The few structured data that exists in Ethiopia, air time purchase and utility bill payment history, are also taken into account by Qena in setting credit scores. Its psychometric tests dwell into the psyche of a loan requester, assessing their character.
Banks can use Qena to launch uncollateralized digital lending services for MSMEs, making the application process available via web-based and app-based platforms. Bypassing the old traditions, Qena eliminates the human factor and ensures objectivity, reduces risk, speeds up the credit process, and unlocks vast markets.
Taking into consideration around 300 data points, the current accuracy rate of Qena is between 85 to 87pc.
Out of the 800,000 MSMEs in Ethiopia, only about 130,000 have access to credit, and the total financing gap is around $4.2 billion.
At the beginning of this year, Cooperative Bank of Oromia partnered with Kifiya to launch an uncollateralized digital lending product called Michu. Powered by Qena, Michu is the first loan product by an Ethiopian bank that doesn’t require collateral.
“As part of a trial test, we randomly selected individuals that have previously taken small loans from COOP and run them through Qena. The platform had an accuracy rate of 100pc in identifying who played their loan and who defaulted,” said Munir.
Moreover, Qena grows with usage. As the AI is used to give out loans, the transaction data that comes from it, such as the time and frequency of loan payment, as well as information from those who default, are data points for Qena, which it learns from.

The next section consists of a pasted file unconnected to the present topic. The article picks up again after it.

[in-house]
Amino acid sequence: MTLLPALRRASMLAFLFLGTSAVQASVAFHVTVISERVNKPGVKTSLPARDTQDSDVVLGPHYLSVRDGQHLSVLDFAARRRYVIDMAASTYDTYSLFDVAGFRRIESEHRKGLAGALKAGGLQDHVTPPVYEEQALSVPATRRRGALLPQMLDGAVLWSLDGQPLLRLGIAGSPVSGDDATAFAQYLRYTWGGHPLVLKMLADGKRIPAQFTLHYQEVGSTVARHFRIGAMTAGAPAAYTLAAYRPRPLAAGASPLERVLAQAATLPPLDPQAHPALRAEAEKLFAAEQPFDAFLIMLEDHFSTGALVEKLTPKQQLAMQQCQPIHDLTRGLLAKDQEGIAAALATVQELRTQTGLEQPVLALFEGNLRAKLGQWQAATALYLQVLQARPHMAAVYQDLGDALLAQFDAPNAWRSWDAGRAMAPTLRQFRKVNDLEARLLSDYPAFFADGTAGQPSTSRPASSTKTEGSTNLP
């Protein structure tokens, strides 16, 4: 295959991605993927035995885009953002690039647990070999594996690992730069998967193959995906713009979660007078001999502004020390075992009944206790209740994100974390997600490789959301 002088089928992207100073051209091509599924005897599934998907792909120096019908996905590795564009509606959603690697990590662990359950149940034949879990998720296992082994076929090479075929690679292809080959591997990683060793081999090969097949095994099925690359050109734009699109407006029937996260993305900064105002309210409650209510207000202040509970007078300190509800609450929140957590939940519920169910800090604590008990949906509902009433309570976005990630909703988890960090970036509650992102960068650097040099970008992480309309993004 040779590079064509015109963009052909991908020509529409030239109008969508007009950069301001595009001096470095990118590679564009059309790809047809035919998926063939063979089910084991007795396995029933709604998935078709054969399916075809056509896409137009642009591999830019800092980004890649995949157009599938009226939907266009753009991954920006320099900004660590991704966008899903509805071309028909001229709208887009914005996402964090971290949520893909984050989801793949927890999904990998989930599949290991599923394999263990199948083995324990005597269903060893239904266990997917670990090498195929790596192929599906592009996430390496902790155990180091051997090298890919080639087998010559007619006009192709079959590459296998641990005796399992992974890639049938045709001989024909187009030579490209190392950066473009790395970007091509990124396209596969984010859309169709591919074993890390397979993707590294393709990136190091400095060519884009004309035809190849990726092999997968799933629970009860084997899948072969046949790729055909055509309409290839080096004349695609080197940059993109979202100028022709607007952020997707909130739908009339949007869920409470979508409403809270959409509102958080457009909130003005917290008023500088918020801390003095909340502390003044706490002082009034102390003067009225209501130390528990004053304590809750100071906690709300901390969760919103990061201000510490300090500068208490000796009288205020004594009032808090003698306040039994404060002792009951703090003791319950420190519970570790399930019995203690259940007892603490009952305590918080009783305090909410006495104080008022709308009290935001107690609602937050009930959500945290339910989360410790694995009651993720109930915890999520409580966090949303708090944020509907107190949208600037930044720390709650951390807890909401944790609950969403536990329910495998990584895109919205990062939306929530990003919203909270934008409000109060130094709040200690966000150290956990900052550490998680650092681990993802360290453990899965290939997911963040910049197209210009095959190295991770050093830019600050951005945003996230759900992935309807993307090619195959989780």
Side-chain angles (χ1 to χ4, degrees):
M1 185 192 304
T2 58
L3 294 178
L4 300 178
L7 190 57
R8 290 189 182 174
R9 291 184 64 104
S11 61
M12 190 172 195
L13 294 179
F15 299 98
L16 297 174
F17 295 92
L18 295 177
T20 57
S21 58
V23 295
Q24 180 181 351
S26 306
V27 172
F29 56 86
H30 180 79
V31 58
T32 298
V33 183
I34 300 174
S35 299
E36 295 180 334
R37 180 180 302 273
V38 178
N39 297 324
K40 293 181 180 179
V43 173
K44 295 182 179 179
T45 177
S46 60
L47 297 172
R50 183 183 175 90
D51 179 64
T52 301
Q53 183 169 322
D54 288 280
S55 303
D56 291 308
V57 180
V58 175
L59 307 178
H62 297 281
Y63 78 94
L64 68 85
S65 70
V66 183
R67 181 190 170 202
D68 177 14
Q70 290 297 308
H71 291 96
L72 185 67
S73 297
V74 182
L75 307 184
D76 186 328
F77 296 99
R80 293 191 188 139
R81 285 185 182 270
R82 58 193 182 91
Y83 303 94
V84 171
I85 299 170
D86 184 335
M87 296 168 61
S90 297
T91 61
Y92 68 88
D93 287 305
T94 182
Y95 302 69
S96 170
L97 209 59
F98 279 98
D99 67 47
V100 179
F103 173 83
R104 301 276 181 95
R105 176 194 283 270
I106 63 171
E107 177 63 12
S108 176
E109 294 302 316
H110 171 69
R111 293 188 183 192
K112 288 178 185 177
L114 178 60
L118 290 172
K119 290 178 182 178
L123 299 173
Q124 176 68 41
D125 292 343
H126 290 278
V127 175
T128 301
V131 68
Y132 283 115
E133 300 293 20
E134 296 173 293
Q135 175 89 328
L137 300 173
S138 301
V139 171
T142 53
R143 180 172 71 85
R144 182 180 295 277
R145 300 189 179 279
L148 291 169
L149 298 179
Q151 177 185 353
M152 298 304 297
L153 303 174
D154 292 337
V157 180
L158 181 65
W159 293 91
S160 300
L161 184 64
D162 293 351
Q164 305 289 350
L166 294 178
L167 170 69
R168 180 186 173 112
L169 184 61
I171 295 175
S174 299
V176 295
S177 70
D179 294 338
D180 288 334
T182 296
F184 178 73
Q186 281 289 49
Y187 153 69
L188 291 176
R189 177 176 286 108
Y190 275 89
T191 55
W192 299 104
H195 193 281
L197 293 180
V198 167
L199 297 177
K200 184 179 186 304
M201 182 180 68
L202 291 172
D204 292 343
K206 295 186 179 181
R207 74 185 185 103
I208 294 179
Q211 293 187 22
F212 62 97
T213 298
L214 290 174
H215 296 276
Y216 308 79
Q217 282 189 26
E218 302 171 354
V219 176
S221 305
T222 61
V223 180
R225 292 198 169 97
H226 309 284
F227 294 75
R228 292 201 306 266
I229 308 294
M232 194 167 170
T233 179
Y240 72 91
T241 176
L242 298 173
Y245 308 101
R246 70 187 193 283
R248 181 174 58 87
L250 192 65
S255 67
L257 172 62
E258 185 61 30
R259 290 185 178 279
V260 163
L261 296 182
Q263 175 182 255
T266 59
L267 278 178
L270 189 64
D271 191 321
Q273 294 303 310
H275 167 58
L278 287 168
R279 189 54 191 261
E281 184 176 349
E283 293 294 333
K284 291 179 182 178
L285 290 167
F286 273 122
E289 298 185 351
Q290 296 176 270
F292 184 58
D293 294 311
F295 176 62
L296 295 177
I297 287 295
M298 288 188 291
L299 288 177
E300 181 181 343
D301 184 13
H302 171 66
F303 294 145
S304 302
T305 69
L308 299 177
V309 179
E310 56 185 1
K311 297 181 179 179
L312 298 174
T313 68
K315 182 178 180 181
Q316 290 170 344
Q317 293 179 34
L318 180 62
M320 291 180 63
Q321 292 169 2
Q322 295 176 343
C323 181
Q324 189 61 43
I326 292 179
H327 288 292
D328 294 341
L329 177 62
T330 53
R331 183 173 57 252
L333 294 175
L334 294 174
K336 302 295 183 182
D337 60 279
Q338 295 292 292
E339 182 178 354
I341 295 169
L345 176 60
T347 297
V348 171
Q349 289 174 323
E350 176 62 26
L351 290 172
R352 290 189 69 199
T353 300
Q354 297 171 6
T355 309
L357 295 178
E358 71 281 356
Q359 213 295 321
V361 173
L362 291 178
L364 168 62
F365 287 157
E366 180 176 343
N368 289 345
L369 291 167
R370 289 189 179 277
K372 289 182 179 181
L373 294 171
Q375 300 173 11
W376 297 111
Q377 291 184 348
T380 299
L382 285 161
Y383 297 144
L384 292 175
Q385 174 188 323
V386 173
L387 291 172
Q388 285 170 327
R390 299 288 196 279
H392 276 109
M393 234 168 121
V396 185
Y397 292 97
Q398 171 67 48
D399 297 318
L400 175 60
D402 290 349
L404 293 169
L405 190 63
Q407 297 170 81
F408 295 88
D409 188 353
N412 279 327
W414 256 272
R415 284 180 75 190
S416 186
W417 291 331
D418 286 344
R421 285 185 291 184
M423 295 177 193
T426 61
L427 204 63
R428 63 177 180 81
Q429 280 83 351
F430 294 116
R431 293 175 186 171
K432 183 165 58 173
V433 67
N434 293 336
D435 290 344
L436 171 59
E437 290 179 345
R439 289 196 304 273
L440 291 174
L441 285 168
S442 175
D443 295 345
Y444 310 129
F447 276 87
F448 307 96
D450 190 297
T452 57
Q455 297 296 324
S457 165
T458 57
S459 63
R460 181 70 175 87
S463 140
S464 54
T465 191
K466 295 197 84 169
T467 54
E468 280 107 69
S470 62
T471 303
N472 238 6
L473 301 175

Hartnell Ndungi, Chief data officer at Absa bank Kenya, who has overseen the development of many AI-enabled uncollateralized digital lending platforms across Africa, urges Ethiopian banks to deploy the system and experiment with it.
“In uncollateralized digital lending, the goal is to go from no data to limited data and then is to full resource and using the platform is the best way to do it,” said Hartnell.
“Give out loans in smaller ticket sizes. Start experimenting. Test and learn” added Hartnell who hails from neighboring Nairobi, Kenya where around 180,000 small business owners take uncollateralized digital loan every day to finance their daily operations and pay it back too.
Multiple banks are in talks with Kifya about using Qena to launch their own customized collateral-free loan products. On the other hand, the regulator, the National Bank of Ethiopia, is also trying to catch up with the technology and plans to provide a formal regulation to service setting rules such as interest rates.
Meanwhile, MSMEs are eagerly awaiting Qena’s deployment.
“We plan to seize the opportunity and expand our business by opening an outlet and buying a vehicle for delivery,” said Thomas.